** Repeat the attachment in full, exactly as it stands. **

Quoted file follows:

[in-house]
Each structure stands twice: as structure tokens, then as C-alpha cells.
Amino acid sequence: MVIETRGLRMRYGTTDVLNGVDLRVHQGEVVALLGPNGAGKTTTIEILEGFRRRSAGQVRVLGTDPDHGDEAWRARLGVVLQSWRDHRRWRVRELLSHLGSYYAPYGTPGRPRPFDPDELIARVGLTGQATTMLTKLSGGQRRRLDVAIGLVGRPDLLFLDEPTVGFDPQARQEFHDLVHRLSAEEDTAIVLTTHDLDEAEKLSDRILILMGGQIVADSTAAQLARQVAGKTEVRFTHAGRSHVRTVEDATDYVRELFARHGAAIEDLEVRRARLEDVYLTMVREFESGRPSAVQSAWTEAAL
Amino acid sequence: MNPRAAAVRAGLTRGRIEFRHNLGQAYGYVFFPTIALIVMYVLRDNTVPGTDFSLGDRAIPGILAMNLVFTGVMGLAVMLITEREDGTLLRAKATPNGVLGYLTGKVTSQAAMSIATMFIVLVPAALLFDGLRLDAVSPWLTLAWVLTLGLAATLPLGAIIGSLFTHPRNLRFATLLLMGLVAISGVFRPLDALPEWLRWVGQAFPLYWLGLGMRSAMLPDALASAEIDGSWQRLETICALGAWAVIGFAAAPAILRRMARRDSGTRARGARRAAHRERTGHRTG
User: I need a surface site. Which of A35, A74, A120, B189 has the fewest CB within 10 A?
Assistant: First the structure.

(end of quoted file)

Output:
[in-house]
Each structure stands twice: as structure tokens, then as C-alpha cells.
Amino acid sequence: MVIETRGLRMRYGTTDVLNGVDLRVHQGEVVALLGPNGAGKTTTIEILEGFRRRSAGQVRVLGTDPDHGDEAWRARLGVVLQSWRDHRRWRVRELLSHLGSYYAPYGTPGRPRPFDPDELIARVGLTGQATTMLTKLSGGQRRRLDVAIGLVGRPDLLFLDEPTVGFDPQARQEFHDLVHRLSAEEDTAIVLTTHDLDEAEKLSDRILILMGGQIVADSTAAQLARQVAGKTEVRFTHAGRSHVRTVEDATDYVRELFARHGAAIEDLEVRRARLEDVYLTMVREFESGRPSAVQSAWTEAAL
Amino acid sequence: MNPRAAAVRAGLTRGRIEFRHNLGQAYGYVFFPTIALIVMYVLRDNTVPGTDFSLGDRAIPGILAMNLVFTGVMGLAVMLITEREDGTLLRAKATPNGVLGYLTGKVTSQAAMSIATMFIVLVPAALLFDGLRLDAVSPWLTLAWVLTLGLAATLPLGAIIGSLFTHPRNLRFATLLLMGLVAISGVFRPLDALPEWLRWVGQAFPLYWLGLGMRSAMLPDALASAEIDGSWQRLETICALGAWAVIGFAAAPAILRRMARRDSGTRARGARRAAHRERTGHRTG
User: I need a surface site. Which of A35, A74, A120, B189 has the fewest CB within 10 A?
Assistant: First the structure.